The product is also equipped with separate condenser and blower fan motors, which combine forces to deliver 360 cubic feet per minute of cool air with a rating of 15,000 BTU/ hour. This separation ensures the AC runs quietly and with a lower amp draw for improved efficiency.
Other features include a fitting size for a 14 x 14-inch roof cutout, air-V distribution and an aerodynamic design that cuts through the air so as to reduce drag. However, the unit requires Atwood's ceiling assembly so as to make it complete.
A good RV air conditioner should fit perfectly on the roof cutout with no leaks and this piece from Advent is fitted with a watertight vent opening gasket plus 6 dense foam support pads that ensure it sits firmly and without any water leaks once installed.
The unit is made using high-grade materials that are designed to withstand harsh weather conditions while a rigid metal-built base pan holds all the internal components securely in the box.
More features include 3 fan speeds, a nominal capacity of 15,000 BTU/ hour, an optional plug-in heat strip and a fitting size for standard 14.25 x 14.25-inch vent cutouts. However, this unit does not have a remote control option and also does not have a heating element option.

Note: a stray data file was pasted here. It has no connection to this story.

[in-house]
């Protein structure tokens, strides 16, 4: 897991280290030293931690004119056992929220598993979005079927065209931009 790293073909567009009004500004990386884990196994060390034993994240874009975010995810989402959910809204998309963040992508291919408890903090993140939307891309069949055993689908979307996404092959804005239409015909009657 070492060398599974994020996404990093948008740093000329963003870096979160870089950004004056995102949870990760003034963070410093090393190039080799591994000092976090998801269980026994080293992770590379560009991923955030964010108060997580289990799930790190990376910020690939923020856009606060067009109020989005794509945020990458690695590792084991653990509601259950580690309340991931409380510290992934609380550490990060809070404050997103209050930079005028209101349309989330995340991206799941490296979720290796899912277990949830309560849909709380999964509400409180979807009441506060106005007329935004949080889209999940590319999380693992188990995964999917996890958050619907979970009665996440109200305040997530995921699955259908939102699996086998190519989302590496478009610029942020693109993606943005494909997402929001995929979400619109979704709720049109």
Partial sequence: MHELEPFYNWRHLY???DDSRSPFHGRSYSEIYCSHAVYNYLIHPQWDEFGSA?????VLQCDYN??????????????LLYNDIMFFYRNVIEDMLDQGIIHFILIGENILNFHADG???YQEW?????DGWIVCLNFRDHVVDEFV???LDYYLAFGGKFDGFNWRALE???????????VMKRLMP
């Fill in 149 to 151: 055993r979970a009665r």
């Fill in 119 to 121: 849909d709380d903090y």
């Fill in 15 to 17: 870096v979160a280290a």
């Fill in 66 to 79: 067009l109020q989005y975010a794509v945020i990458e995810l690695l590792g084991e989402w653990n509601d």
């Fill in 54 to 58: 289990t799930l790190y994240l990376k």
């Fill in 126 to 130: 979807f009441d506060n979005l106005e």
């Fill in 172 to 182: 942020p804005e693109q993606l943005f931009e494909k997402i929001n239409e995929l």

An air conditioner's cooling capacity is usually given in BTUs, which means British Thermal Units. To avoid all the complexities, what you need to know is that the higher the BTU rating, the faster that the AC will be in cooling your RV.
However, this also means that it consumes more power so as to achieve quick results. Therefore, you should consider this factor based on the size of your RV.
For instance, a 15,000 BTU/ hour AC is best for the larger class A RVs while the smaller 9000 BTU options are better for class B motorhomes.
Size should be considered due to fitting purposes. Since the space in RVs is limited, if you buy an air conditioner that is too bulky, then it might consume too much space, even if it is mounted on the roof.
The most common recommended size is a 14-inch square AC because most RVs feature a rooftop opening with these dimensions. Another desirable feature to have would be a low-profile aerodynamic design, which reduces drag from wind resistance as you drive.
These are the two main types of air conditioners. Ducted ACs function by channeling the cooled air through a duct system on your RV's floor, ceiling and walls.
This makes such a setup ideal for large motorhomes with multiple rooms in which the air can be easily channeled to each specific room so as to control each room's temperature independently.